Sleep experts, doctors and the media extol the benefits of sleep and why we should get more of it.
Unfortunately, we don’t seem to be listening.
About 41 million people in the US – that’s about one third of working adults – reported sleeping less than six hours a night according to the Centers for Disease Control and Prevention. It’s such a concern, that the CDC has declared insufficient sleep as a public health epidemic.
Our busy society
I remember trying to rebel against sleep as a kid. I thought I was missing out. My parents always seemed to say it was “bedtime” when I was having the most fun.
As an adult, no one is there to tell me it’s “bedtime,” and I find myself trying to cram more into the day. There is always some task to finish or work to be done before I let myself turn off the lights.
For those of us who have finally finished that last bit of work on our never-ending to-do list, there’s the Internet and social media to distract us. (Is anyone else addicted to Pinterest and Facebook, like me?)
Maybe that’s why the National Department of Transportation believes drowsy driving causes more than 1,500 fatalities and 40,000 non-fatal injuries every year in the US. Studies have shown that drowsiness can affect driving like alcohol – if not more so – because it can lead to less:
- Reaction time
- Information processing
- Decision making
Sleep is a big deal
As I was researching this article, I was stunned by how deeply sleep can affect our overall health – not just our daytime behaviors.
Sleep deprivation can literally touch every aspect of our health.
So how much sleep should you get? The National Sleep Foundation says there is no magic number – the right amount of sleep varies by person and age. But on average, adults need 7 to 9 hours of sleep a night.
Sleep and your weight
How much sleep you get appears to affect levels of hormones that tell us when to feel hungry or full. These hormones – ghrelin and leptin – work together to stimulate appetite or tell you to stop eating. Some medical studies have shown that sleep deprivation upsets those levels.
“These hormones are a major influence in regulating the body’s energy balance,” said Kim Fry, health educator for ADC’s Weight Loss and Health Risk Management program. “When out of sync, these hormones, along with other hormones and neurotransmitters, appear to impair the body’s metabolism, potentially affecting obesity and weight loss.”
Leptin levels can go down when you don’t sleep – which means you may not feel as full after a meal. Less sleep can also send ghrelin levels up, stimulating your appetite.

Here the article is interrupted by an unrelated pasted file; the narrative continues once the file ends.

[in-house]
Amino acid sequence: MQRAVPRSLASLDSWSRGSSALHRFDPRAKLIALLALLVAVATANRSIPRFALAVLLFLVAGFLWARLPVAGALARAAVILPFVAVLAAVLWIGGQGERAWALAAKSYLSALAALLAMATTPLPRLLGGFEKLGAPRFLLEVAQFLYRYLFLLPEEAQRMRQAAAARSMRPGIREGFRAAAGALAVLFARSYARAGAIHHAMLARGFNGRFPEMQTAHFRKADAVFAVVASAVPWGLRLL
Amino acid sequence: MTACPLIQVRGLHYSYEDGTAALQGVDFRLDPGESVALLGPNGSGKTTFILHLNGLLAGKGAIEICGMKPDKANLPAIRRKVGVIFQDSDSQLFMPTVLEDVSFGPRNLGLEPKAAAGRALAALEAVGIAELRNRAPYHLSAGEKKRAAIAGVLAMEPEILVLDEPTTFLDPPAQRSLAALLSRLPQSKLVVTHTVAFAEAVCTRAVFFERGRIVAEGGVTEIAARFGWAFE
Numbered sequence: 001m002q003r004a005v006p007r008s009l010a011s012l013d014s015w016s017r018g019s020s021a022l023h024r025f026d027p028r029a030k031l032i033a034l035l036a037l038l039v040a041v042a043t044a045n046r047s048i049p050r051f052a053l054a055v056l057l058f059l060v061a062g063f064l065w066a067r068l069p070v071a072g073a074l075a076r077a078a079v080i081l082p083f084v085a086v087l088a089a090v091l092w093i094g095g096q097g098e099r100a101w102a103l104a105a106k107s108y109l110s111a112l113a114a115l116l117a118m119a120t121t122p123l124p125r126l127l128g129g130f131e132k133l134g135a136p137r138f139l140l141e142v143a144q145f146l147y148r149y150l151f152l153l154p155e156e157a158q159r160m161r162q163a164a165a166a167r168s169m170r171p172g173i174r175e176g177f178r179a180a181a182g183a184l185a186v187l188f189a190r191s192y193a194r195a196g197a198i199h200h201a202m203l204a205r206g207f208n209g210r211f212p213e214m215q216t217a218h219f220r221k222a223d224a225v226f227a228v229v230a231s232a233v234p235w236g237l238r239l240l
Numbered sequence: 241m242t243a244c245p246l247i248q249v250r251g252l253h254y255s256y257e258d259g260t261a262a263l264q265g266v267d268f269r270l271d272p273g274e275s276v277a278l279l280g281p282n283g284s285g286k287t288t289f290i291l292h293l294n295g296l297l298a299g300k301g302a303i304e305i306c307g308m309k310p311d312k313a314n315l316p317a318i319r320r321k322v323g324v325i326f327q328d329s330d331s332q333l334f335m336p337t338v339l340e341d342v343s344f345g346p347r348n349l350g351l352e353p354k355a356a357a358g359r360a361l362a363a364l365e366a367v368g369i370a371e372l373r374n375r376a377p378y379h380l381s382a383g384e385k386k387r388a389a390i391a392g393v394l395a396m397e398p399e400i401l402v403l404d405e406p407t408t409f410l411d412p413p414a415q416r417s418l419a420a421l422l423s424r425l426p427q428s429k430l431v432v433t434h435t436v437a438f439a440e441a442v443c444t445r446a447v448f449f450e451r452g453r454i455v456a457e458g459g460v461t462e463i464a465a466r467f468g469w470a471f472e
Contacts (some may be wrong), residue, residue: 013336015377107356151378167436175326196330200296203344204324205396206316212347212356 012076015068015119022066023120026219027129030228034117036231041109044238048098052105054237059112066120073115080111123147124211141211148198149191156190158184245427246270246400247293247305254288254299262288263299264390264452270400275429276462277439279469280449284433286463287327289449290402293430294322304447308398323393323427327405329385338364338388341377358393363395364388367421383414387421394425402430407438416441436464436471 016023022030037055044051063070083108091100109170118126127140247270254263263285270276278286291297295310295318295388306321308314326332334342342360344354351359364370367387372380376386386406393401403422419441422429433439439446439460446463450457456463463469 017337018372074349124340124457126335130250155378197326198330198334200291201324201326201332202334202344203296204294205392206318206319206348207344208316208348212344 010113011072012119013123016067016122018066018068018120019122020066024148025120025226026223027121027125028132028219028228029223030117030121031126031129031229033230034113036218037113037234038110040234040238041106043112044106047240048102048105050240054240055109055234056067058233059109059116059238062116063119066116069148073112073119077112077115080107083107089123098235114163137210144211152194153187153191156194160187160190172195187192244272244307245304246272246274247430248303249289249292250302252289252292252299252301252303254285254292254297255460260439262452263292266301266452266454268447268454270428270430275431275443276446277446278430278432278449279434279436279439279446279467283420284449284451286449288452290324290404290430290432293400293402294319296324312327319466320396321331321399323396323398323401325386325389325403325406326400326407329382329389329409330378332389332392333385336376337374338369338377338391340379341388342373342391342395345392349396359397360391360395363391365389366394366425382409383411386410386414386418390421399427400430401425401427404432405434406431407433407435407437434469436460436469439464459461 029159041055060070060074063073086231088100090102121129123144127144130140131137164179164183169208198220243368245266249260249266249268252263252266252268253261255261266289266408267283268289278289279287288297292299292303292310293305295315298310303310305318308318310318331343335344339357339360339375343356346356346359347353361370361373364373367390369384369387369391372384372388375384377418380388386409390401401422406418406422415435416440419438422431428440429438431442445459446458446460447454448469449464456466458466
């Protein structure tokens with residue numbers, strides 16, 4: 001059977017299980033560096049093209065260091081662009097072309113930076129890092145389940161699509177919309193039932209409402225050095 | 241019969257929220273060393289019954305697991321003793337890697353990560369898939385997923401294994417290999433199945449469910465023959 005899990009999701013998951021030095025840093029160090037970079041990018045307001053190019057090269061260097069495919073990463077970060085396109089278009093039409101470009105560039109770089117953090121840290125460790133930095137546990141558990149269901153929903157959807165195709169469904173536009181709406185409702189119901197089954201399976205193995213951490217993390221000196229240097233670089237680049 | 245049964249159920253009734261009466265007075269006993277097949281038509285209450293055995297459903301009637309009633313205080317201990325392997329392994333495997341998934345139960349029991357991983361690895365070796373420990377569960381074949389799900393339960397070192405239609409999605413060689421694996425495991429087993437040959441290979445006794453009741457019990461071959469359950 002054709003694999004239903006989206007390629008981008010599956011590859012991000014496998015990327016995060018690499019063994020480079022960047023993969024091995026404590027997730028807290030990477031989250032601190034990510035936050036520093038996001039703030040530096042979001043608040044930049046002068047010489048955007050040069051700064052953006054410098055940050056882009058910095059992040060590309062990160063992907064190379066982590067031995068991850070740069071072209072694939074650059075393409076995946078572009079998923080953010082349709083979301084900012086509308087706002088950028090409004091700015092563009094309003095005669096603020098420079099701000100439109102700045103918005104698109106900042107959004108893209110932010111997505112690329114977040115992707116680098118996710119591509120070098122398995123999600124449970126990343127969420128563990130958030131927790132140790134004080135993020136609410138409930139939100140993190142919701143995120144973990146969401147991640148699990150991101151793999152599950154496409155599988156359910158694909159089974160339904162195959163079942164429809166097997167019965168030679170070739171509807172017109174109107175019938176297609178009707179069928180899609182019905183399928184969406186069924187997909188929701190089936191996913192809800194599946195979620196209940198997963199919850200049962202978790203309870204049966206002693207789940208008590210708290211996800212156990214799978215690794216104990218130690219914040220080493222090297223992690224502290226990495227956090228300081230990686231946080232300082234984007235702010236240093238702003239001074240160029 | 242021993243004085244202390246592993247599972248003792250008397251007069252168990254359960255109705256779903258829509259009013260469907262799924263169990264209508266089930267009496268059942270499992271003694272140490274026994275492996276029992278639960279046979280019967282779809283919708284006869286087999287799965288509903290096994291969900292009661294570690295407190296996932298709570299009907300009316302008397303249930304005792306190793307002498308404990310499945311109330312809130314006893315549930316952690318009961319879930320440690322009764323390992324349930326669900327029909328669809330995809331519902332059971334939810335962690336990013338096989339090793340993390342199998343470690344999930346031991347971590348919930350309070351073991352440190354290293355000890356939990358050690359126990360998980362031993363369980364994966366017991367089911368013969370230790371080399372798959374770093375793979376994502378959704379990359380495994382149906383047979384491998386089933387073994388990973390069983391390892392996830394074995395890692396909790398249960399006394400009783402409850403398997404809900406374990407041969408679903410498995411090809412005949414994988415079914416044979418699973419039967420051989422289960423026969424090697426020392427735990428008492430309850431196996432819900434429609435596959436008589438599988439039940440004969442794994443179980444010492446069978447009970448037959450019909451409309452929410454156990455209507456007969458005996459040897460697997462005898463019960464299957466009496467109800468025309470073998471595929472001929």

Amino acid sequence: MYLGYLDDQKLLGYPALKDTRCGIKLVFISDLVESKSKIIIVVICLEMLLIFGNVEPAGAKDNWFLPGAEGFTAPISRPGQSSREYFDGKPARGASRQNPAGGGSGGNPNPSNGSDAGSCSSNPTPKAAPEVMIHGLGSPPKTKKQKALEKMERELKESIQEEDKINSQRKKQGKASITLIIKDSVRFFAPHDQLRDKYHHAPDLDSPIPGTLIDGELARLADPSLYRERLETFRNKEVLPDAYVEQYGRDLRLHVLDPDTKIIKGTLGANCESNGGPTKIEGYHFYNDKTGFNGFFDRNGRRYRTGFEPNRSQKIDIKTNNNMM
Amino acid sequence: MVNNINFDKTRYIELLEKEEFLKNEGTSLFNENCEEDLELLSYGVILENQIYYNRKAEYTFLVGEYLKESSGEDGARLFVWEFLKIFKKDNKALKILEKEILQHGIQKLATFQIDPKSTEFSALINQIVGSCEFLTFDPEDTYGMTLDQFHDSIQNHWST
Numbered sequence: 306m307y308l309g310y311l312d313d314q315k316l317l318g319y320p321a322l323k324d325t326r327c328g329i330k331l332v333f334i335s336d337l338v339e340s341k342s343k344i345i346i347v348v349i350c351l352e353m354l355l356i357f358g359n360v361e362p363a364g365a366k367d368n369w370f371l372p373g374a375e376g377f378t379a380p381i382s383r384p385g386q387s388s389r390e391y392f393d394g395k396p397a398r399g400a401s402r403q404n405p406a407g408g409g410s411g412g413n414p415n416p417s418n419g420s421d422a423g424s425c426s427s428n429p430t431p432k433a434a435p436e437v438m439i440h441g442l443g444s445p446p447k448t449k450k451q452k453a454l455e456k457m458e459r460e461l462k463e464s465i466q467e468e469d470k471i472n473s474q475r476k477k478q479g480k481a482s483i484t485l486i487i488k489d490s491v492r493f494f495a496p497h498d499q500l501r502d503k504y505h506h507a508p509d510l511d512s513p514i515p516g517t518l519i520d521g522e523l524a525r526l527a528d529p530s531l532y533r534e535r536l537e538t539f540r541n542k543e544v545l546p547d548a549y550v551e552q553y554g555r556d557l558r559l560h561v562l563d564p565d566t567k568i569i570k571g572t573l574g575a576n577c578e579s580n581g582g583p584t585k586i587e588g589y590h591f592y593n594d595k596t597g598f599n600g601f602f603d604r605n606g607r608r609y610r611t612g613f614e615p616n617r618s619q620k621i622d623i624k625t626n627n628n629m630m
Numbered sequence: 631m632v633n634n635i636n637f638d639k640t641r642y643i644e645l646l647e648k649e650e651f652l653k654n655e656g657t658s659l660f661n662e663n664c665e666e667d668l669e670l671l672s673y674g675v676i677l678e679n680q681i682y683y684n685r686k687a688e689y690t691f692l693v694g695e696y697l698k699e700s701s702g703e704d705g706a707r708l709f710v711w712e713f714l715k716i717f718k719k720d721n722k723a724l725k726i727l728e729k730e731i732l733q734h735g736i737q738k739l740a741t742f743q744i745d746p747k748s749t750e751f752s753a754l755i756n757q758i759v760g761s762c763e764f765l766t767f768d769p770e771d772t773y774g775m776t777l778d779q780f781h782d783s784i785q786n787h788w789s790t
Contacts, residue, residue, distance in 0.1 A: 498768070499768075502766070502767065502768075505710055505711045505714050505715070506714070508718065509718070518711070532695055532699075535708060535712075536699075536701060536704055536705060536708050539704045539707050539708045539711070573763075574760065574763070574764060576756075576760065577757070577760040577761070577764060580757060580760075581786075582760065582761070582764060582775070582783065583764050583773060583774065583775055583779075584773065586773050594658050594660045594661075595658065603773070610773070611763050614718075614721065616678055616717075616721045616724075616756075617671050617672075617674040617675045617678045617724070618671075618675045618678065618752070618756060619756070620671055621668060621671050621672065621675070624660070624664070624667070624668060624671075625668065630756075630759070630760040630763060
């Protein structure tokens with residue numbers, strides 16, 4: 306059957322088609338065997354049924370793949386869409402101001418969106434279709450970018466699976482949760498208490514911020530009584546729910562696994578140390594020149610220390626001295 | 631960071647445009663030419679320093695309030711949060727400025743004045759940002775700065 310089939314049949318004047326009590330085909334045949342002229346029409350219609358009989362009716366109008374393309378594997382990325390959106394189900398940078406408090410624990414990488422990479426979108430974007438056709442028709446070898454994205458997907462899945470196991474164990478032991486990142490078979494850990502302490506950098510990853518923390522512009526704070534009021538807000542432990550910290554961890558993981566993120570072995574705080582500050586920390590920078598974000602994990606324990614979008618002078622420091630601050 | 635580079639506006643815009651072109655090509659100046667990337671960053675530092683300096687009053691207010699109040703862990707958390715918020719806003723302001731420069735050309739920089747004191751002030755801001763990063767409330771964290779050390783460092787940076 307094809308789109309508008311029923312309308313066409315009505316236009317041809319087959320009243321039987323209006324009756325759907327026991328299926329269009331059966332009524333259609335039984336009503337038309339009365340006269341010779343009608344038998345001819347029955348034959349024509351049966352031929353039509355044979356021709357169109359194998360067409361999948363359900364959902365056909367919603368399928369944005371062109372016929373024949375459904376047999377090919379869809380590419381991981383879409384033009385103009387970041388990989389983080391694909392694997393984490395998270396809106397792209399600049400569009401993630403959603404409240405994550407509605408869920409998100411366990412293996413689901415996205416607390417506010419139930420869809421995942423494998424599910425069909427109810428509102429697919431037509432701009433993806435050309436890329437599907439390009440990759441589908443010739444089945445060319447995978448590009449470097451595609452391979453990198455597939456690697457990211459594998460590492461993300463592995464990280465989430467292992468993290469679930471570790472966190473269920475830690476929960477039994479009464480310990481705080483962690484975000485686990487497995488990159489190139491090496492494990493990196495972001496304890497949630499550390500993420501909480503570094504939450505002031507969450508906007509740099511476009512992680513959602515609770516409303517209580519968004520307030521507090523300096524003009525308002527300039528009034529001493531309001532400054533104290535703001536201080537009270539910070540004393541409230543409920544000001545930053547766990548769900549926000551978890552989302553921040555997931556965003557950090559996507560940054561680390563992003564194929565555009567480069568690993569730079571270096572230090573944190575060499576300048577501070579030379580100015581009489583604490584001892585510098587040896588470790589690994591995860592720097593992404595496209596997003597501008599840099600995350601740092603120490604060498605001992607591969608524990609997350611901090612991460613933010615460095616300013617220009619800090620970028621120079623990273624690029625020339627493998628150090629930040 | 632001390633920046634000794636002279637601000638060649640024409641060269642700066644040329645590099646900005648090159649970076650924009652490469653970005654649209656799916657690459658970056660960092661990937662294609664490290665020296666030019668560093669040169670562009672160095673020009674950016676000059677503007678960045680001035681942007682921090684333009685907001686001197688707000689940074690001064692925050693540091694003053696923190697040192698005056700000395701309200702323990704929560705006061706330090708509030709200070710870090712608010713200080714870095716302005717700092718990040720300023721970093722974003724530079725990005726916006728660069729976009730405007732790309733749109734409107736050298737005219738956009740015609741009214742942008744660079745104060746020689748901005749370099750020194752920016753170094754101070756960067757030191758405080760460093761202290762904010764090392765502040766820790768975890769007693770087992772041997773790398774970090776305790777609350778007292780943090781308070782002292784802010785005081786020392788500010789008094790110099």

Research suggests that people who sleep less weigh more than those who sleep more.
Sleep and illness
A lack of sleep may also affect your immune system and raise your risk for developing illness and disease.
Studies have shown that people who sleep less are more likely to get sick.
That may be due to a weakened immune system and how well the body can respond to viruses and bacteria.
Some studies have suggested that poor sleep, such as insomnia, can lead to disease because of higher levels of cytokines, which cause an inflammatory response in the body.
Sleep and pregnancy
Thanks in part to changing hormone levels, pregnancy may worsen existing sleep disorders, including restless leg syndrome and obstructive sleep apnea.
Sleep apnea, where breathing is interrupted during sleep, has been linked to complications like
- Gestational hypertension
- Low birth weight
Dr. Angela Meyer, ADC OB/GYN, says studies have been limited, but some have shown that women can experience sleeping difficulty with pregnancy as early as 12 weeks. It can last through the first two months post-partum.
This includes difficulty falling asleep, frequent awakenings and overall fewer hours of sleep during this time.
“For my own patients, I recommend that if they have a persistent problem, it is acceptable to take an occasional Unisom (doxylamine) or Benadryl during the pregnancy just before bedtime, if needed,” Dr. Meyer said. “If this is not providing sufficient relief, then I recommend that they consult with their OB. There may be prescription medications that could be an option.”
Sleep and heart health
Your heart has a chance to rest when you sleep. That means cutting back on sleep can make the heart work a lot harder and raise your risk for heart disease.
Research presented in 2012 at the American College of Cardiology conference in Chicago found that adults who slept fewer than 6 hours at night were at greater risk for stroke, heart attack, and congestive heart failure. It was not the first study to show the link between heart disease and sleep, but it was one of the largest, by analyzing information from more than 3,000 adults.
Other studies have linked sleep deprivation to higher levels of stress hormones, blood pressure and a higher resting heart rate.
- Don’t eat two to three hours before to sleep.
- Try to go to bed around the same time.
- Dim lights, turn of electronic devices: TV, cell phone, tablets.
- Exercise routinely.
“Exercise does wonders,” Dr. Imsais said. “Exercise has many benefits such as combating stress, exhausting the body and eventually letting you get more efficient sleep.”
Sleep is important
Fortunately, I don’t have insomnia, obstructive sleep apnea or other sleep disorders to keep me up at night. My issue with sleep is that I’m just incredibly busy, and I have thought I could power through to get things done.
But sleep is important. We need it to help us stay healthy in so many ways.
So the next time I’m tempted to stay up late to surf the web, I’ll need to remember that sleep isn’t an inconvenience. It’s integral to my health.